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A beautiful example of by George Frederick Cruchley's 1850 map of Holland (Netherlands) and Belgium. It covers the region from the North Sea to the Duchy of Luin xemburg in the South. This map is color coded according the counties and provinces, showing important cities, towns, rivers, lakes, mountains and other important topographical features. Elevation is rendered in hachure.
In 1830, the Belgian Revolution led to the secession of Belgium from the United Kingdom of Netherlands and it's subsequently consolidation as the independent Kingdom of Belgium. Though Belgium had successfully attained self-rule, the Netherlands refused to recognize the new country until the 1839 Treaty of London.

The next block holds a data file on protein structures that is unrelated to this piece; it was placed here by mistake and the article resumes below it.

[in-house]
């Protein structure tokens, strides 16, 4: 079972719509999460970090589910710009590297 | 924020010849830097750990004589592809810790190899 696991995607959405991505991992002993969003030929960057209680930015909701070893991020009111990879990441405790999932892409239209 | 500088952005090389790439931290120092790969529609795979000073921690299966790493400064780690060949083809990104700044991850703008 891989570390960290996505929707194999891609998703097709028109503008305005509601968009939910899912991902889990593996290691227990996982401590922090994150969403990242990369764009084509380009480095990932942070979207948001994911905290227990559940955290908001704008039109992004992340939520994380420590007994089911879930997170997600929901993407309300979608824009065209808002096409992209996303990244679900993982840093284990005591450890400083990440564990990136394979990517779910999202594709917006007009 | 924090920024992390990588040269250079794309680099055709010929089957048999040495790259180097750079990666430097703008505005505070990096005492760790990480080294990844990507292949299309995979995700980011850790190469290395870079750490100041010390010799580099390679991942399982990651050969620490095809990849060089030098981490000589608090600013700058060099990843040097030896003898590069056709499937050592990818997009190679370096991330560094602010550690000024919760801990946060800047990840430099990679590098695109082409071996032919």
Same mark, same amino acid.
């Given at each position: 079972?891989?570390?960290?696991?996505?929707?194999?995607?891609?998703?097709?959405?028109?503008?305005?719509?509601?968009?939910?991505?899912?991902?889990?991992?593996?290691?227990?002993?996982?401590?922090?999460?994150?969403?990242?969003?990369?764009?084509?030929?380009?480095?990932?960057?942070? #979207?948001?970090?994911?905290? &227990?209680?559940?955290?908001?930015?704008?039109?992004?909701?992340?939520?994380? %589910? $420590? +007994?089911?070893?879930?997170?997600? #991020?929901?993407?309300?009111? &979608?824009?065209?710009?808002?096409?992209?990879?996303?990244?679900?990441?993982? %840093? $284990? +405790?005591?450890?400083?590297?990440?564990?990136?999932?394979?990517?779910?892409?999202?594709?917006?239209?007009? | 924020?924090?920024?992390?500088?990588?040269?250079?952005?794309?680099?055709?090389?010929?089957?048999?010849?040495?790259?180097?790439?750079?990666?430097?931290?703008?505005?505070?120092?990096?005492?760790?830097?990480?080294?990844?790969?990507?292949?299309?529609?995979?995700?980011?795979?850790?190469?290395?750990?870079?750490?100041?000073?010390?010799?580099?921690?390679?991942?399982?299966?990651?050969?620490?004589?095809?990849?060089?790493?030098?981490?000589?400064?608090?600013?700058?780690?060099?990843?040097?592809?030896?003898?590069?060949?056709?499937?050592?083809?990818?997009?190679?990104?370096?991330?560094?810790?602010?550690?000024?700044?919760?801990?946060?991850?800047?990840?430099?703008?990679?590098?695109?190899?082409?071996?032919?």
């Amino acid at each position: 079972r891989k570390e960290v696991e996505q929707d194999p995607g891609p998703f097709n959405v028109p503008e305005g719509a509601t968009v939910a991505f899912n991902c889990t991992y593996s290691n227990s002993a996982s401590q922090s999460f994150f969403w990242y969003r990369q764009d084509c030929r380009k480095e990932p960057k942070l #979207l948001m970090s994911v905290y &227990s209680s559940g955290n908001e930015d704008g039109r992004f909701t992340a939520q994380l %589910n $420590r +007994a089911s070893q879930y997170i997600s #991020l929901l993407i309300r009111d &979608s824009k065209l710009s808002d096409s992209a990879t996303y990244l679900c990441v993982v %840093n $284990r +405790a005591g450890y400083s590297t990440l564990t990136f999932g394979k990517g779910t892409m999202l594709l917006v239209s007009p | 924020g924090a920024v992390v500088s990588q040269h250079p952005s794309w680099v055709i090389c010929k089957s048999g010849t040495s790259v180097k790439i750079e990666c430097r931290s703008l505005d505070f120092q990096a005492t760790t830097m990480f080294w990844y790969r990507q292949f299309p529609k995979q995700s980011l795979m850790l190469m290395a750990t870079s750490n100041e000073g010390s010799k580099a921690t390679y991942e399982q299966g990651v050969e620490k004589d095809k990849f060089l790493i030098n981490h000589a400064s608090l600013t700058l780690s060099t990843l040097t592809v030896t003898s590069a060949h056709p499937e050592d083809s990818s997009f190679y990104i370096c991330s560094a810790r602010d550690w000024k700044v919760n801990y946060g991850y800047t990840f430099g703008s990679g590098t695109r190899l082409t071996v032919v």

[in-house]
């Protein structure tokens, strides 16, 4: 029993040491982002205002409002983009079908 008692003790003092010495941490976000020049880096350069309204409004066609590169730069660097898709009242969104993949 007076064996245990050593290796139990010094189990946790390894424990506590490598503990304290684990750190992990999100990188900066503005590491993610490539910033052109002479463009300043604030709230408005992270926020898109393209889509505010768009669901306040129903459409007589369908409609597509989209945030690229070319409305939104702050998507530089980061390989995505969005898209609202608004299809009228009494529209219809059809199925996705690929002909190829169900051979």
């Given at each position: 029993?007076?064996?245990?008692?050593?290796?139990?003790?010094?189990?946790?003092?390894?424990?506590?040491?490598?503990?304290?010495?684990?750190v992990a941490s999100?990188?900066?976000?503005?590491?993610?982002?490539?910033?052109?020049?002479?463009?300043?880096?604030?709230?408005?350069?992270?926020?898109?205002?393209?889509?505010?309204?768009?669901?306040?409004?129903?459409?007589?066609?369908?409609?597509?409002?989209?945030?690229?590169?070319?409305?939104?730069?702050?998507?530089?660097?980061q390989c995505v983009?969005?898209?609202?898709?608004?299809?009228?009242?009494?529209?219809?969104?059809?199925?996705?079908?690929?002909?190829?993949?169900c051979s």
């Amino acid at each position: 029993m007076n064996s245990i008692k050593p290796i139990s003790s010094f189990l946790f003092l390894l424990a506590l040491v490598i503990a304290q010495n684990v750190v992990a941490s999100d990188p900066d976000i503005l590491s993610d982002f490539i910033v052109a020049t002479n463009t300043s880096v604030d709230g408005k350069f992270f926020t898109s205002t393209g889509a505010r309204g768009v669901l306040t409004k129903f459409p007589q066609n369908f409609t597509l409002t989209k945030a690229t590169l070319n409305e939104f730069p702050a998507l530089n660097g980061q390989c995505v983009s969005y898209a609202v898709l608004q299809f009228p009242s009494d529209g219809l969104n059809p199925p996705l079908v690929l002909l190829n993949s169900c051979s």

Cruchley's General Atlas was unique for its period, employing a vivid color scheme extending even to the oceans, distinctive typography, and various uncommon decorative elements including a peacock feather crown and an imprint medallion, both of which break the printed border. Though many of the maps in this atlas are copyrighted in 1841, the atlas was first published in 1843 from the Cruchley office at 81 Fleet Street, London, and proving popular went through numerous reissues well into the 1850s.
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